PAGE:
Edited by Sister Rhonda Ragab from VirtualMosque.com

The contents of this part are based upon the principle that ijtihaad in most of its forms is still possible in our time. For those who do not follow this opinion, this post is still largely applicable as it is expected that a full scholar would be able to partially or almost completely fulfill the conditions mentioned in one respect or another.

The Scholar as we will discuss here is the Muslim who is able to give a legal fiqh verdict of a worldly issue as being permissible or forbidden. This is what most people expect when they hear of an “Islamic Scholar”—someone who is able to analyze the reality of a questioner and the time and place in which they live and deduce legal advice or make a ruling or decision on an issue from the texts of fiqh.

Keeping these presumptions in mind, the conditions by which one becomes a Scholar have been mentioned in almost every text in the science of usool-ul-Fiqh since the times of the early scholars, and although they differed often in the wording and the details, they were almost unanimous in the core understandings and categorizations of these conditions. They are as follows:

1) A mastery of the Arabic language, which consists of the science of Arabic grammar and syntax (nahw), the science of the morphological states of Arabic words (sarf), the science of rhetoric, prose and expression (balagha), and thorough experience with Arabic literature, both pre-Islamic and around the first century of Islam (adab). An individual who interprets a verse in the Qur’an or a hadith without an understanding of Arabic risks committing a major sin, even if he interprets it correctly.

2) A mastery of usool-ul-fiqh and the understanding of which literary, deductive, inductive and intellectual devices to give precedence to in different circumstances. Also included in this is the mastery of the underlying principles of Islamic Law (al-qawaa’id ul-fiqhiyyah).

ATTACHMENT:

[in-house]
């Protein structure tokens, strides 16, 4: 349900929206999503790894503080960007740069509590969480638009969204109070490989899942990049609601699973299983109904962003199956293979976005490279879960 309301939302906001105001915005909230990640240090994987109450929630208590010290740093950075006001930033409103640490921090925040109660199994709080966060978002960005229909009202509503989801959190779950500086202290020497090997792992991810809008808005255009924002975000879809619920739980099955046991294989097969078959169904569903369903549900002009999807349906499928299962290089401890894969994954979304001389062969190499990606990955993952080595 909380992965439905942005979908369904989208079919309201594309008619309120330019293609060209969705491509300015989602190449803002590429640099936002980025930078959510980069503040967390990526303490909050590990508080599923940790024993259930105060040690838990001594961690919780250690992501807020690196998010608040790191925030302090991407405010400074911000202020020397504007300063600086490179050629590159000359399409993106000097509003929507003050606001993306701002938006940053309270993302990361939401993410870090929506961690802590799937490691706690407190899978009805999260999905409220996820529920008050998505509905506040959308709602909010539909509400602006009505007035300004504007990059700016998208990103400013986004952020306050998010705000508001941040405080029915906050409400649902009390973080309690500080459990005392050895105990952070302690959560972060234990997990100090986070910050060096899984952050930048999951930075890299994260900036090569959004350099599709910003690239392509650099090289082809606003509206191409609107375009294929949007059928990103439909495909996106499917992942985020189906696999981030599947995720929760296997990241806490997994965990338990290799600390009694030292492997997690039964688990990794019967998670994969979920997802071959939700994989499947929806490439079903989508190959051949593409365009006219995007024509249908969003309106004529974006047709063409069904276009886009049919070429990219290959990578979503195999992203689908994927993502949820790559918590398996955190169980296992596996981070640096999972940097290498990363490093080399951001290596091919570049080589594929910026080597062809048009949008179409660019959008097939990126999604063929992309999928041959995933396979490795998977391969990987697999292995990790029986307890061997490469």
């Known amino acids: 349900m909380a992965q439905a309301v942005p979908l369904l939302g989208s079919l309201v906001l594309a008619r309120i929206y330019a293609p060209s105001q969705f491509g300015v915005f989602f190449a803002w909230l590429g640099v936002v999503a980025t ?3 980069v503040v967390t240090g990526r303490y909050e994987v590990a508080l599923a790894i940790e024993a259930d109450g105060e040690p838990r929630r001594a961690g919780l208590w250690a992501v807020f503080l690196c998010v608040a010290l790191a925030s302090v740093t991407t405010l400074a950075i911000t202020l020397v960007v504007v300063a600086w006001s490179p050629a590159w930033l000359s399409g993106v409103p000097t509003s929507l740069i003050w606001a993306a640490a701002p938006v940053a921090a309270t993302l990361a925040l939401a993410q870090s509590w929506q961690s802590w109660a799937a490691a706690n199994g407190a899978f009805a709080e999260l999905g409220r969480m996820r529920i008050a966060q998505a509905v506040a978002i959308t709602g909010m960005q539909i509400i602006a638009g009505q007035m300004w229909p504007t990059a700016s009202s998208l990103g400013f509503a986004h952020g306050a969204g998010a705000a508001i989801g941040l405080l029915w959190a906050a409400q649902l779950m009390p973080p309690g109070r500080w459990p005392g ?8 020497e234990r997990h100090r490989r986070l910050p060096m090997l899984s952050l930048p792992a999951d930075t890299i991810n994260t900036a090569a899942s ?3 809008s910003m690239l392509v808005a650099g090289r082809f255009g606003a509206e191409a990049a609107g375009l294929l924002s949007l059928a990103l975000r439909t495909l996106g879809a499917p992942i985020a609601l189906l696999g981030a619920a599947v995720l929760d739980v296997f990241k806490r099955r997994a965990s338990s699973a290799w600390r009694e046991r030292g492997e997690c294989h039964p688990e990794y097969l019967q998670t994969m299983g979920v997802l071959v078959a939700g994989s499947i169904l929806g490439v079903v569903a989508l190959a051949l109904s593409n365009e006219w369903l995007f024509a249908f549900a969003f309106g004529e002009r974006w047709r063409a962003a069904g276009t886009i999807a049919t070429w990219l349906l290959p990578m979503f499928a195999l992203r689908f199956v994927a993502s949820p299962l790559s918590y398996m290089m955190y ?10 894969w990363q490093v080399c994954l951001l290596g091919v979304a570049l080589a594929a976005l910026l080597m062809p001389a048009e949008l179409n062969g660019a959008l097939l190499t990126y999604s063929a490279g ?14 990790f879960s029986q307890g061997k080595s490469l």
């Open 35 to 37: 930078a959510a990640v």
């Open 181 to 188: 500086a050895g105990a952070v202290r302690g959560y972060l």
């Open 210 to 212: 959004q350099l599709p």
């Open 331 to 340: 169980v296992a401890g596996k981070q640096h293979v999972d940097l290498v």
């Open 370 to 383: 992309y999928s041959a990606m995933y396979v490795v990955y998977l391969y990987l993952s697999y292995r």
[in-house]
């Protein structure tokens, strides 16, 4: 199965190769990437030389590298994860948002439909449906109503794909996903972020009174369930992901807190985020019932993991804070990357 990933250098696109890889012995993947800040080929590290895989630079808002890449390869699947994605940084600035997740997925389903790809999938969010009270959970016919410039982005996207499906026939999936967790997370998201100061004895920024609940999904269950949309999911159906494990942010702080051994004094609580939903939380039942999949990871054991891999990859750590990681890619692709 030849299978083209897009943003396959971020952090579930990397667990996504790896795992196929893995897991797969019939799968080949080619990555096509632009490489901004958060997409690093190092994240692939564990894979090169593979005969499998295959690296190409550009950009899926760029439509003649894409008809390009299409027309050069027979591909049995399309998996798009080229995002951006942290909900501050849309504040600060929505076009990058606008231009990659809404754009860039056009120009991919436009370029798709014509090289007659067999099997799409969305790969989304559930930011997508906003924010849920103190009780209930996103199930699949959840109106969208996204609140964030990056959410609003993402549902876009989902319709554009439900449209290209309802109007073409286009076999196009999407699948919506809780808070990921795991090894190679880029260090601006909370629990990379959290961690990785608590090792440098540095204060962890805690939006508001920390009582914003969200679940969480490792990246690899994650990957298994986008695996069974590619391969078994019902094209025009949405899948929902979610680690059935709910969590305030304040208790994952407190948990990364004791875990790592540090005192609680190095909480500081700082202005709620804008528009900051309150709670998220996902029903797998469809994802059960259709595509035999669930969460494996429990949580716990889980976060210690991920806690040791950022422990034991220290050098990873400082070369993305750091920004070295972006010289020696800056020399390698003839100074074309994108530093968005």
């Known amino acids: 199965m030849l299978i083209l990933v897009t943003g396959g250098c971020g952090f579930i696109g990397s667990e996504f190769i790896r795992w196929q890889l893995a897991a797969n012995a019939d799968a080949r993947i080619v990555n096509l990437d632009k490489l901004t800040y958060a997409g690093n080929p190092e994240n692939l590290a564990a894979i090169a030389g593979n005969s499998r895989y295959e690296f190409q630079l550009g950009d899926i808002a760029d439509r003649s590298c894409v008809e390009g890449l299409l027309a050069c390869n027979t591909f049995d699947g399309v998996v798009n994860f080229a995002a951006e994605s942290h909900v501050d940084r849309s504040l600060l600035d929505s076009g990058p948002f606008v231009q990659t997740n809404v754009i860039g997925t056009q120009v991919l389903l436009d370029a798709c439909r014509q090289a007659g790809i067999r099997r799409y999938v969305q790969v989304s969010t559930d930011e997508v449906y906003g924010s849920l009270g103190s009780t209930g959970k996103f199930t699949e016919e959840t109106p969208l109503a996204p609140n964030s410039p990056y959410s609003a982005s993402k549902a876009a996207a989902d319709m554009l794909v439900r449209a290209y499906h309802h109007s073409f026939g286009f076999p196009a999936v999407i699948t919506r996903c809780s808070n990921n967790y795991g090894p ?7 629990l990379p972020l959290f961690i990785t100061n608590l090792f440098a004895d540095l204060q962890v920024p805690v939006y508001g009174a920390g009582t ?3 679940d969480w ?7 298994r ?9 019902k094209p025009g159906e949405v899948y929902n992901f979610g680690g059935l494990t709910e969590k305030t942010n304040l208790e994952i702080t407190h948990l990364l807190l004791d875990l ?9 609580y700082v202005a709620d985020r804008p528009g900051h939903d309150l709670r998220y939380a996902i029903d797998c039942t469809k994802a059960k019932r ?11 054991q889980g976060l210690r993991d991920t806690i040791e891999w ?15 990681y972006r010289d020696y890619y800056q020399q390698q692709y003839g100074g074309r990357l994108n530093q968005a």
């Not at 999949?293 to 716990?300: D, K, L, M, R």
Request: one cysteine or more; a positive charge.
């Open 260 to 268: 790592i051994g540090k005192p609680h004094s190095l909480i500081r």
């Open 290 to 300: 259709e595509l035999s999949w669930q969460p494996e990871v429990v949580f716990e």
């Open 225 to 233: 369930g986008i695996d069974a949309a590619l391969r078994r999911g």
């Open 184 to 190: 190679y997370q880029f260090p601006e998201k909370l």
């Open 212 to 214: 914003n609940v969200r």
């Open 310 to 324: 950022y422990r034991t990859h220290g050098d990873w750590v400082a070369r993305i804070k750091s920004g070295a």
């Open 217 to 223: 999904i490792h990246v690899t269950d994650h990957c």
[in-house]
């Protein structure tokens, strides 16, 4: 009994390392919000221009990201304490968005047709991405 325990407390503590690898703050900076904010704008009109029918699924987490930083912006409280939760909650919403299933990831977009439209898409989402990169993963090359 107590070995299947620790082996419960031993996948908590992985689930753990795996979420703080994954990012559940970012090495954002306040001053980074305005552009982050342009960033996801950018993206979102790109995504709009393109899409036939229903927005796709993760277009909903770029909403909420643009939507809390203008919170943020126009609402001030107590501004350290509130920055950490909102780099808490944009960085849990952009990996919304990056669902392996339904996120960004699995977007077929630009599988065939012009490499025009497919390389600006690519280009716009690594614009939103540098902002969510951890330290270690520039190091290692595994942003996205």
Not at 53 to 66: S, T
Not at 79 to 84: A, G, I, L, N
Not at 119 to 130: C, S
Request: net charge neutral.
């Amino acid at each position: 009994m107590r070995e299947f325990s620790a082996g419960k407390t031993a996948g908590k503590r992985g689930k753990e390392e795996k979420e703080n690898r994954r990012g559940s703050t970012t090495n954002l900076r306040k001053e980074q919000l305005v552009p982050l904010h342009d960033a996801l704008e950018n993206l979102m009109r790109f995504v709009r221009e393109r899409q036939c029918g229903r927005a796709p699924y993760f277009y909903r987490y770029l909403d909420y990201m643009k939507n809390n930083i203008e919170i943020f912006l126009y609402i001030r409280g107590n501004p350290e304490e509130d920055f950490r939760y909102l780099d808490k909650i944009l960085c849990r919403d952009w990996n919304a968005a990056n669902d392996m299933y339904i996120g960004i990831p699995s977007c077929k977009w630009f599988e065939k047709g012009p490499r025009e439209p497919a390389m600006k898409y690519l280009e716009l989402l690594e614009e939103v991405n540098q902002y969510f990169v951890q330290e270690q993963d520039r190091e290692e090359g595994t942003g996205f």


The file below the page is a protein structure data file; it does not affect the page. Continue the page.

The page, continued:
3) A mastery of transmitted evidence. This is comprised of having understood, studied and memorized the Qur’an in its entirety and most of the transmitted sunnah (although it was differed upon as to whether memorization of these was as important or not). With regards to the sunnah, being able to sift through narrators and narrations and determine weakness, strength, hidden defects, or additions is also a condition.

4) What has often been described in very different ways as: the mastered ability to do fiqh. This requires an individual of not just perception, intellect, understanding and fulfillment of the previous conditions, but also having studied one of the four schools of fiqh in Islam. The issue is not about the need to stick to a particular madhhab, but rather there is no doubt that one who has not pored over books of fiqh will find him or herself lacking in the ability to think like a scholar, much less be one.

5) An understanding of the reality of the Muslims. Being a Scholar is not just about having mastery in the sciences of Islam, but it is also about understanding the world and its complexities. Legal verdicts and decisions have to take into account not just the texts, but also the cultural, social, psychological, scientific and situational parameters of the issue being addressed. In a world where information is easily exchanged over vast distances and realities, this has become a rapidly accepted condition of being a Scholar.

Studies of this magnitude continue for the lifetime of a Scholar, and the initial foundations can take anywhere from 10 to 20 years pf study with teachers, after which numerous years of self study are often required before the Scholar is ready to tackle problems in the real world. One of the ways to distinguish such a scholar is his ability to generate new Scholars in addition to Muslim Activists.

It should be noted that a Scholar comes in a variety of competencies according to the level of mastery. Those who are still in the process of becoming one are called “students of knowledge,” while those who are able to give a legal verdict are of different levels and strengths. It is also possible for a Scholar to be an activist at the same time, and they may be much more effective in their activism than the average Muslim Activist.

Note: What is not from the conditions of being a scholar in Islam:

– a B.A., M.A. or Ph.D. in Islamic Studies

– study with a certain group of scholars in a certain region of the world.

– a preference for certain opinions in theology or law over others.

– being male, of a certain ethnicity, older in age, dressing a certain way, having a long beard, wearing a turban or shemagh or thobe or bisht

– fame or the title of Ustadh, Shaykh, Mufti, or Allaamah before the name

– of the Prophet’s

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